The Industry’s response to this cataclysmic change was spearheaded by the erstwhile Servicing executive and later ‘language’ Copy Chief [as the Hindi copywriters were dismissively and condescendingly referred to] of Ogilvy, Piyush Pandey. Promoted to CD and later NCD, Pandey with CEO Ranjan Kapur, soon formed a formidable duo that was to change the face of advertising in India. Kapur believes that it was his creative partner “who gave our national language the pride of place it deserves and forever banished the anglicized, South Bombay brand of effete advertising.” Along the way, he made two outstanding contributions – celebrated ‘emotion’ as the ‘real’ core of advertising and moved ‘language copy’ from eek to wow – from the backroom to the front office! A great, disciplined, caring, responsible and hands-on leader who mentored a galaxy of creative hotties burning up today’s adbiz – Sonal Dabral, Prasoon Joshi, Bobby Pawar, Pushpinder Singh, Josy Paul, Abhinay Deo, Sagar Mahabelashwar Kar, Kamal Basu, Mahesh Chauhan, Satbir Singh … the list is endless. Pandey was also largely instrumental in “nationalising’ Indian advertising. Paul believes he made it more personal and “replaced the voice of God with the sound of humanity.”  Through a touch of alchemy, he seemed to morph, convert and transform Hindi [yesterday’s vernac, remember?] into a language that the Indian heart understood, loved and resonated with the best. Right from Chal Meri Luna, through to Har Ghar Kuch Kehta Hai, Mile Sur Mera Tumhara, Heere ko kya pata tumhara umar kya hai, the Cadbury & Fevicol classics, Ogilvy’s moustachio’d mavericks work seamlessly bound India to the best of the Ad universe. Today, Hindi and Hinglish advertising reign supreme. Whether it’s the 80’s favourite catchline Humko Binnies Mangta , to Yehi Hai Right Choice Baby, Thanda Mutlab Coca-Cola, Dil Mange More, Oye Bubbly, Teda Hai Per Mera Hai , Youngistan Ki Wow …the deluge rages on.


Beyond this shift from Sala Mein to Saab Ban Gaya to Phir Bhi Dil Hai Hindustani, there have been other startling changes too, the blazing and vibrant celebration of Youngistan in adland heading the list. In the seventies, it was unheard of to have anybody who didn’t have grey hair or proven calendar years of experience hit any designation of authority. In the 90s Nirvik Singh headed the Kolkata branch of Grey at age 26. By age 33, he was CEO! Praveen Kenneth took over as CEO of Publicis India at 29. Mahesh Chauhan became the CEO of Everest at 35 while Raj Kurup became a superstar CD of Grey at 30. Arun Iyer, the 32-year-old NCD of Lowe Lintas endorsed Subodh Menon, age 26 …Youngistan ka wow – and how! In a business where human insights and visceral connect rules, where the audacity of daring to adventure and explore new means, methods and technologies to communicate in an engaging and interesting manner to the chosen constituency is critical, dumb, moth-balled, ghisa pita rules don’t count and nor should(automatically) the zillion year’s experience. Performance is the key. Unburdened by baggage, never taking their eyes off the ball, the best of the new kids on the block are re-defining the rules of the game. More wind beneath their wings! The other fascinating difference is the recognition and celebration of Creativity as the primal force in the advertising process. Fierce competition and brand-building have placed creativity as the single greatest differentiator in the consumer mindscape, making it both a job description and a goal. Beyond pretty pictures and clever phrasing, the best of today’s advertising repeatedly demonstrate the art of creating exciting, engaging and relatable advertising – irrespective of how dull and boring the product maybe – beyond its category riding on the BIG IDEA. In the last few years, Indian Advertising’s, blazing performances at Cannes – the Oscars of the Ad world – and the huge respect, applause, awards and accolade accorded to several of our gifted, ad luminaries bears fitting testimony to the fact that Indian advertising – and creativity – has indeed come of age …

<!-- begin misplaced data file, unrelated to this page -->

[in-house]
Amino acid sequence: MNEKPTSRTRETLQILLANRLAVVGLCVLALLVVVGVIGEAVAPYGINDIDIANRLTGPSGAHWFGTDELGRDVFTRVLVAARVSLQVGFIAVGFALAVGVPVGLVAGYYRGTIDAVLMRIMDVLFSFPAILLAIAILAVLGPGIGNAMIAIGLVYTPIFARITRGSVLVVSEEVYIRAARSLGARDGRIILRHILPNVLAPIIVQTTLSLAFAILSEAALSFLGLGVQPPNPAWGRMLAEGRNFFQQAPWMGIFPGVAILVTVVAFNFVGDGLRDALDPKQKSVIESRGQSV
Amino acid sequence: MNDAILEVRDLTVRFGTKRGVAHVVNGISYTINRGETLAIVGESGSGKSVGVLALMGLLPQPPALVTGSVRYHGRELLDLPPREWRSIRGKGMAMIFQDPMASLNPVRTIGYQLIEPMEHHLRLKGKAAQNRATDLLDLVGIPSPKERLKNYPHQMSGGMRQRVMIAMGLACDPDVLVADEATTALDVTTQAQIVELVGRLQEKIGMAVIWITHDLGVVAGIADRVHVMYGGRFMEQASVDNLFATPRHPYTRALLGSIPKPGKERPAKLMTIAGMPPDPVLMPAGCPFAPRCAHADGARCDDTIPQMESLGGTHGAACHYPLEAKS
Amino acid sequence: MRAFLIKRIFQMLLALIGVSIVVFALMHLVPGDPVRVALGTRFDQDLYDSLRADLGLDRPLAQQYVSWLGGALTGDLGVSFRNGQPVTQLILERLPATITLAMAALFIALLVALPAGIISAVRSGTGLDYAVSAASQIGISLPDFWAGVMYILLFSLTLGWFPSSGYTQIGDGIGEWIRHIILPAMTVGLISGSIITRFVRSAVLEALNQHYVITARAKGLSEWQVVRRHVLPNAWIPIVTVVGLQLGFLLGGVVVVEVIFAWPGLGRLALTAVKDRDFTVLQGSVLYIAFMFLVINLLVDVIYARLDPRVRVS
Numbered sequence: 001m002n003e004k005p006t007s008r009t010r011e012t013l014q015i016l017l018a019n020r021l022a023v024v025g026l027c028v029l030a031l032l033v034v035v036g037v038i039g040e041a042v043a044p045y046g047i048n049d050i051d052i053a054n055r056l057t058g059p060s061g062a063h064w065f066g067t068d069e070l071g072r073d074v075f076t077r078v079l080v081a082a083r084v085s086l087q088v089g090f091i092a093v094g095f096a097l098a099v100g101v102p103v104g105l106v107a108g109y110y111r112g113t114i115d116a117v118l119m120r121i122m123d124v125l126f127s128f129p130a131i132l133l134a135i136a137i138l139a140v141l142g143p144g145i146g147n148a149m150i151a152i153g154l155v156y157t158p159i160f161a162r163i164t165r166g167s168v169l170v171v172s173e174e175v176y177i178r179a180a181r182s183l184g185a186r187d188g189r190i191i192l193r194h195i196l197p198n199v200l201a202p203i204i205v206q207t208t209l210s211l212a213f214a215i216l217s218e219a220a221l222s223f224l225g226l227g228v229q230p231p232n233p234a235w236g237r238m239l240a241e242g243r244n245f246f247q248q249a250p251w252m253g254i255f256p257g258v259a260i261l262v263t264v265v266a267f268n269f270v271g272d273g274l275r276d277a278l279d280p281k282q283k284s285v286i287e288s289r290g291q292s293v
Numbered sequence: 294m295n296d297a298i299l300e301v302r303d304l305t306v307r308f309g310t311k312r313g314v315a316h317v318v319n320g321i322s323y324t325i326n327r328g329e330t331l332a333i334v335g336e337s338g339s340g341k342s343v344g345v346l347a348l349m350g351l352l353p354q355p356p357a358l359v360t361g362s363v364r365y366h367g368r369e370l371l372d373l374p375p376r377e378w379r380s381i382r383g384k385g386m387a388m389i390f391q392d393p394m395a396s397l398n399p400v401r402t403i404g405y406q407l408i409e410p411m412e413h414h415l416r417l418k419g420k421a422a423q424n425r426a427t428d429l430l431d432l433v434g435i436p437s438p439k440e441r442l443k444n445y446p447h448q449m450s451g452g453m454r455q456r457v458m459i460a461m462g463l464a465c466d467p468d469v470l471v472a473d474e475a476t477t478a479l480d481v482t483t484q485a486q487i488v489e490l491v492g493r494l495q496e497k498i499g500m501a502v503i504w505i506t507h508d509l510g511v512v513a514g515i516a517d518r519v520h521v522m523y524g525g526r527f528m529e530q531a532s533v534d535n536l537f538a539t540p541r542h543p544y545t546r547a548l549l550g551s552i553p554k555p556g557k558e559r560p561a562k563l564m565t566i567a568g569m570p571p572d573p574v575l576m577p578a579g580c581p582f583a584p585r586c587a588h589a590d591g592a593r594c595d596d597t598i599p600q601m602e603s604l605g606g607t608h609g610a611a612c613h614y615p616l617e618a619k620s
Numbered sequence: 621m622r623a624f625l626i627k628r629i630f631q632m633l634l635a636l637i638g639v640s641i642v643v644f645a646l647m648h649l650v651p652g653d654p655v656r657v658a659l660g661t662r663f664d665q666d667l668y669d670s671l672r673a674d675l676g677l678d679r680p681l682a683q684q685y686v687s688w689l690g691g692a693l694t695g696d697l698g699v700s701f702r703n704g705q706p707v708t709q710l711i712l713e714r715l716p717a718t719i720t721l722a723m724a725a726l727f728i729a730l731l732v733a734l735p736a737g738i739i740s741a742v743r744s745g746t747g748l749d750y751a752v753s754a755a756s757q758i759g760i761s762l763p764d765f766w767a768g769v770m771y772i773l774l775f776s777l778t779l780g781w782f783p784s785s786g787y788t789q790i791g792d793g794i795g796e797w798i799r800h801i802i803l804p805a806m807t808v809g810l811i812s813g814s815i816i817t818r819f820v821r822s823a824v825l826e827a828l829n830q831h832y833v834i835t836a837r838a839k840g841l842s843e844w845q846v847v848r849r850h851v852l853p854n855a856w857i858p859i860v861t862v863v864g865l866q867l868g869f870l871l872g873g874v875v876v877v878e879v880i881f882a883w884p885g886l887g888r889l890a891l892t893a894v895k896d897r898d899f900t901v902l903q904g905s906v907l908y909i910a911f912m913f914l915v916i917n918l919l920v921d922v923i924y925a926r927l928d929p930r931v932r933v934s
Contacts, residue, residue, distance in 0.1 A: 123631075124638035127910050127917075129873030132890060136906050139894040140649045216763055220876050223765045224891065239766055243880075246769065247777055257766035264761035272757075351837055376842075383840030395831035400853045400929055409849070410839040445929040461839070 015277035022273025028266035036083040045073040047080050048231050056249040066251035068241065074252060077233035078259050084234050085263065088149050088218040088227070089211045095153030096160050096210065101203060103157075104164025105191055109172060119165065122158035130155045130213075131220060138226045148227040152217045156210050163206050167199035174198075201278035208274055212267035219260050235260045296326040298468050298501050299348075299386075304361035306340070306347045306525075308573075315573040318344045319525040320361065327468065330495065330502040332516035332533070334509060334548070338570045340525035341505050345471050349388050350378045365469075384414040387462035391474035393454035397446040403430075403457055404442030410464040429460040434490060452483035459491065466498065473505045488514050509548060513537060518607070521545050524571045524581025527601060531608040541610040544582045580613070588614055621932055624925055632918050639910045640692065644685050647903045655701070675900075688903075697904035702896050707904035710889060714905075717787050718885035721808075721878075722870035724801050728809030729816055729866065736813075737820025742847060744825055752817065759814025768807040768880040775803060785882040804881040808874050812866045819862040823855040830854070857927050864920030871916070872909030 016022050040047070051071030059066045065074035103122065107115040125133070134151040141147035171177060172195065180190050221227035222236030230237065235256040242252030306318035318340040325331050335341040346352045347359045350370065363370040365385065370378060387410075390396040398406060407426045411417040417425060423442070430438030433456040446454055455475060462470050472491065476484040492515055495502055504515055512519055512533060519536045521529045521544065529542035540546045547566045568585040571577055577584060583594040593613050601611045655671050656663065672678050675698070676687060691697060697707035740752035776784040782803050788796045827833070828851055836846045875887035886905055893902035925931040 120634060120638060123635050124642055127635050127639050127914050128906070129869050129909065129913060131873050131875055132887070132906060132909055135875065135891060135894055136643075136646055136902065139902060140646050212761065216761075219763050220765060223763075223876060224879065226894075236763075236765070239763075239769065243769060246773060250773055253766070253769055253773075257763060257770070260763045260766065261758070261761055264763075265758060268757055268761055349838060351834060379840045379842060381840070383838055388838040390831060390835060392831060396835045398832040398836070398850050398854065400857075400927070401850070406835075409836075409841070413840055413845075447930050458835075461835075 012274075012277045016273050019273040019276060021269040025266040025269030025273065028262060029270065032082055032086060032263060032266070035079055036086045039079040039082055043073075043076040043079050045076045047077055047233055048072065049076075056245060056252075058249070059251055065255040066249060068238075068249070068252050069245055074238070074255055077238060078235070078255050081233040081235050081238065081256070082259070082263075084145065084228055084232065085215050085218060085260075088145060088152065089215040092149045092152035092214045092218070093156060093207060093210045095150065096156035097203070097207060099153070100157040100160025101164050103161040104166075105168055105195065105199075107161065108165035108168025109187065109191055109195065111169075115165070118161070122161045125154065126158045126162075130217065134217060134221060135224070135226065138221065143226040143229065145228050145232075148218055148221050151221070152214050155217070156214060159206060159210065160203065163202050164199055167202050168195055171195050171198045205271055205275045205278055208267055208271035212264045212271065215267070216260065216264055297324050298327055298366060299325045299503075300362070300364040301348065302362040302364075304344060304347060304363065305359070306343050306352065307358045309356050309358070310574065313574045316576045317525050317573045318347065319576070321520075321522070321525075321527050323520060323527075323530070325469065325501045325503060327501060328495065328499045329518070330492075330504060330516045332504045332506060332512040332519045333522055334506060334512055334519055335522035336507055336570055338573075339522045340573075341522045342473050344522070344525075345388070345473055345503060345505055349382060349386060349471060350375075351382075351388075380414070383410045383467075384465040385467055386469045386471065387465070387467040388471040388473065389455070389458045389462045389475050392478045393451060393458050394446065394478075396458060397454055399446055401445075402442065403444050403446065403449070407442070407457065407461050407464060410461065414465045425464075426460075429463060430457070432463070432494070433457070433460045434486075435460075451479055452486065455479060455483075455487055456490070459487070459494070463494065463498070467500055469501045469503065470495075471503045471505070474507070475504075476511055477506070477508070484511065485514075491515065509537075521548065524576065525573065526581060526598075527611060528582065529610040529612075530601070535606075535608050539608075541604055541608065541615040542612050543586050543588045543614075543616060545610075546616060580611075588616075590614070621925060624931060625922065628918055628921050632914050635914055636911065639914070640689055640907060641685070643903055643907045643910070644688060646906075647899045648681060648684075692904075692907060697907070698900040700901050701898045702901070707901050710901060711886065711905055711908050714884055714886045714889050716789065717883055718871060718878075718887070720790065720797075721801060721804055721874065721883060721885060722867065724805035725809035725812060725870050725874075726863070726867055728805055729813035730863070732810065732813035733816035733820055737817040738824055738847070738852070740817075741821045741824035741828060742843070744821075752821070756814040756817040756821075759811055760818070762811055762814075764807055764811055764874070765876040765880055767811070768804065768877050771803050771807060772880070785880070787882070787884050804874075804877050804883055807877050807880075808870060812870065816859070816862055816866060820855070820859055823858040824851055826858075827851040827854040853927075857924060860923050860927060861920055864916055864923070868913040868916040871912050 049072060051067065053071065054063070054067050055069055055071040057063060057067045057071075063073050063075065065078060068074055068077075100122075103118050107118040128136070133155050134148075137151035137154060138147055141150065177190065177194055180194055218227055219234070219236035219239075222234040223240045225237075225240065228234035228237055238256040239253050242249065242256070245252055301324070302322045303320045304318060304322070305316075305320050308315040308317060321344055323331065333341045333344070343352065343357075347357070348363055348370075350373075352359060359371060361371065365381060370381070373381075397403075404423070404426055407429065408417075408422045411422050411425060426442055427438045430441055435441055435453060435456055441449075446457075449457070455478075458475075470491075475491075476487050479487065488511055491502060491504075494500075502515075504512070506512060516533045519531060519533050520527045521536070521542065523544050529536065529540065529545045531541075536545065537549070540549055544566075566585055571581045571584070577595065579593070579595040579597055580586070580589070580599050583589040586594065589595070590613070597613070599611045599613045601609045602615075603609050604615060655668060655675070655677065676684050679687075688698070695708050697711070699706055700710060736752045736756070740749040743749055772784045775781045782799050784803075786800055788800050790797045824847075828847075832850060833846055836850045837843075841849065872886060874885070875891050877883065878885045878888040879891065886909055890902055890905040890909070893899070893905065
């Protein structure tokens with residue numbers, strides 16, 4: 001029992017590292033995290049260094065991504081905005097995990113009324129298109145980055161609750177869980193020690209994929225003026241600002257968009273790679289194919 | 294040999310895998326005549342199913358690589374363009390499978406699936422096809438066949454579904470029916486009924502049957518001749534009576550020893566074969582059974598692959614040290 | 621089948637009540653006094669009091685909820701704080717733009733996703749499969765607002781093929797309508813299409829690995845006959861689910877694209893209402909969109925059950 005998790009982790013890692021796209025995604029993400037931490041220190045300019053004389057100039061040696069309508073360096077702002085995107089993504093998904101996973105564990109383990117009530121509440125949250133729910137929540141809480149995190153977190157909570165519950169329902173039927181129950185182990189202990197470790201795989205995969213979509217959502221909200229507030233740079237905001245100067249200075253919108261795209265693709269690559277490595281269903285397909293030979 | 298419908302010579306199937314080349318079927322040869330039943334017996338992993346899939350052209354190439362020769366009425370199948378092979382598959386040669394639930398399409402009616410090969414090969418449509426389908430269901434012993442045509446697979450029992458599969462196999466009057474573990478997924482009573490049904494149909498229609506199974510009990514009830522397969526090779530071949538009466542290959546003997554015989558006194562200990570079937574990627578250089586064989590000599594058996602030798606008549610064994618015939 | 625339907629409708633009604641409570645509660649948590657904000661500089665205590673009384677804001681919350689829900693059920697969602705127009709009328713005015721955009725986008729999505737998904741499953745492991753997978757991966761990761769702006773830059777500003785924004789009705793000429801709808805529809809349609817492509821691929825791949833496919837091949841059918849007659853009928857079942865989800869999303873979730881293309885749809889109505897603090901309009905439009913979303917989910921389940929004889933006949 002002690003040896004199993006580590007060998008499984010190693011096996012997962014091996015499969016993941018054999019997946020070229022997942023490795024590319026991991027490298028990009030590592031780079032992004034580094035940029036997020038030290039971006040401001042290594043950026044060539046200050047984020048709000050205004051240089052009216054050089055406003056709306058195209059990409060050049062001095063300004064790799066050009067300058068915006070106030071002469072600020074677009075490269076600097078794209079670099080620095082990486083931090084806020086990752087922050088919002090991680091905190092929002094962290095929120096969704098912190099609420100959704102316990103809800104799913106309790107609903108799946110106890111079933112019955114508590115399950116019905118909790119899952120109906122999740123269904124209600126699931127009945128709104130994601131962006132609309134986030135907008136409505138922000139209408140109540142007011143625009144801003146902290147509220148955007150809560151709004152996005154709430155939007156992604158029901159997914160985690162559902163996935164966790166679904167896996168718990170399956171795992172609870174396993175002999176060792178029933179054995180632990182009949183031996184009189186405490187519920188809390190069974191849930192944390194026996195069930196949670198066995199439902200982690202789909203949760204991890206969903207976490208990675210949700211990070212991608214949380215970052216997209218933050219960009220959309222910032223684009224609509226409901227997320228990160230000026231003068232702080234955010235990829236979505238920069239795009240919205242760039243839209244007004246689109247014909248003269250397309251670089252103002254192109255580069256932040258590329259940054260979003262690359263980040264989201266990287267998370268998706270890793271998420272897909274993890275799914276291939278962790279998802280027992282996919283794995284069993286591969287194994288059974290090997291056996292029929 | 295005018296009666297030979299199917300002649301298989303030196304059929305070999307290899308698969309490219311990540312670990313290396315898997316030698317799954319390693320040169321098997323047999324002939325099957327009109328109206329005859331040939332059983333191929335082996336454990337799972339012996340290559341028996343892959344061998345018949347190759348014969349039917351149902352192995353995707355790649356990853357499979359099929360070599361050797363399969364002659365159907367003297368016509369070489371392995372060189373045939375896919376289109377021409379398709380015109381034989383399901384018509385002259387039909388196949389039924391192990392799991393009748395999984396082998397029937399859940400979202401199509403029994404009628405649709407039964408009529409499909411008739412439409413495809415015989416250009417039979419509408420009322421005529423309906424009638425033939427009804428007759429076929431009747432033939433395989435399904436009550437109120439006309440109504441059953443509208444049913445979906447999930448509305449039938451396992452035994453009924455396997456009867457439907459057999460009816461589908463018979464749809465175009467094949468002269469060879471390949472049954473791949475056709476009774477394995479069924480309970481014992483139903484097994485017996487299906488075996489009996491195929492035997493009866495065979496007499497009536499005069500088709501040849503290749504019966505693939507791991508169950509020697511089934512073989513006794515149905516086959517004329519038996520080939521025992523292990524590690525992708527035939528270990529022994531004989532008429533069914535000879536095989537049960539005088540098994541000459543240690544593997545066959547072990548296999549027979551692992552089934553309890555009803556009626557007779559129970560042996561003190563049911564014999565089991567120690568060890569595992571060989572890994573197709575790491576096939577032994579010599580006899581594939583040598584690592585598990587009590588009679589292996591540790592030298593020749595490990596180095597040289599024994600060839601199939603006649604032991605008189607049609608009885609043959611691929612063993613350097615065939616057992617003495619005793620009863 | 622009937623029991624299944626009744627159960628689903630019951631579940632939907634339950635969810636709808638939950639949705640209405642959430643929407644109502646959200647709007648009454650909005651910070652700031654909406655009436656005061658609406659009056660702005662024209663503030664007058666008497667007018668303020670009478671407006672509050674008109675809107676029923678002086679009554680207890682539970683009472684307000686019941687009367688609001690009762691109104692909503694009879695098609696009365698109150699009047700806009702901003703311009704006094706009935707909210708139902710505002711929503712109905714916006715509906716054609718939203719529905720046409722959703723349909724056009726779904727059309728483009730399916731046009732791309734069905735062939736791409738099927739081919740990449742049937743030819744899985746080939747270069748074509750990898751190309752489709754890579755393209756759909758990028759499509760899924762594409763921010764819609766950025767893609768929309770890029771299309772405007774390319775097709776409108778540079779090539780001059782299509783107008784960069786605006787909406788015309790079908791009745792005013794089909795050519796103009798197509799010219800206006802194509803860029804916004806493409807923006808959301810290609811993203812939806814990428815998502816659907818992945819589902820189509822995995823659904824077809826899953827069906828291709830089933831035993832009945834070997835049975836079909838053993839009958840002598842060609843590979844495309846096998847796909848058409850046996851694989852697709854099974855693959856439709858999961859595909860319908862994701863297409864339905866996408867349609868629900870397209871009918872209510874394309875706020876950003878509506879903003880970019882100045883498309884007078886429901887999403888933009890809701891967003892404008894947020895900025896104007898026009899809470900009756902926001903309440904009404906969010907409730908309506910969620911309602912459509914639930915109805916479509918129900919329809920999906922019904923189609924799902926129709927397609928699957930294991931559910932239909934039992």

What else? The mind-blowing spread and reach of new age media avenues and technology to grab and zap consumers wherever they are, whatever sex age and background they be! The fantastic rise and rise of the smaller agencies, doing pathbreaking work, earning respect and winning large accounts in competition with the giants. The wonderful infusion of brilliant talent from non-metro, small towns [placed 47th from left in the bad old days!] to offer and provide ‘mitti ki khushboo’ to products and services, alien to the urban sensibility, and of course the deadly ménage-e-Trois between Bollywood, cricket and adland …

How do I look back, as a Communication practitioner on the tumultuous and eventful three and a half decade journey? Mostly, as an exciting, entertaining and enriching chronicle and commentary of the life and times, we lived through. Was everything about yester year’s adland boring, unprofessional and irrelevant – and everything today, spot-on, exciting and sexy? Bull crap! Focus, content and treatment – the creative package- is defined by the trends, demands and compulsion of the time and environment we live in. Some of the work that stars like Frank Simoes, Kersey Katrak, Sylvie DaCohna and Alyque Padamsee, for example, did, was truly brilliant and easily comparable to anything done today. On the other hand, a lot of today’s material, in the guise of great advertising, sucks! A value judgement is dangerous and likely to be inaccurate, subjective and unfair. Sure, there were – and will always be – the fakes, pretenders, clones, windbags, dwarf desperately trying to play giant but that comes with the territory. However, I believe two aberrations need to be addressed, quickly. One, the mindless obsession to hit the “Hindi” track, come what may. The brilliant Agnello(Taproots) Dias offers an amusing take. “ This hindi- mania has come to such a stage that new, young aspirants hesitate to forward their English- speaking (School, college, institute) credentials, lest they be ridiculed by the Hindi brigade with “ Oye Angrez, hindi aati hai”?!. While he acknowledges and admires the pathbreaking contribution done by Messrs Piyush, Prasoon and gang, he wonders if they ever realised that they were unleashing a rampaging Frankenstein! The other problem today is the hysterical promotion & projection of ad celebs instead of brands & serious issues, involving the industry. It is not a sign of the times…..it’s uninformed and lazy journalism.

At the end of the day, the basic tenets of great advertising will always endure – an engaging, entertaining, enriching and empowering way to involve and connect the prospect to the brand; to perceive each finishing line as a fresh starting point…and the exponents of this elusive crafts will always be individuals who have the sensitivity, feel and chutzpah to context life. Nothing more. Nothing less.

And so too, tomorrow…

Monojit Lahiri is a veteran Creative Director with a journey that spans over four decades. After having started out in JWT, Kolkata in 1970, he went on to be associated with several A-list ad agencies like R K Swamy-BBDO/Frank Simoes/ULKA – amongst others. He has also been published across every major mainstream publication in the country as a film critic and a lifestyle commentator. Lahiri presently lives in Kolkata.

Monojit Lahiri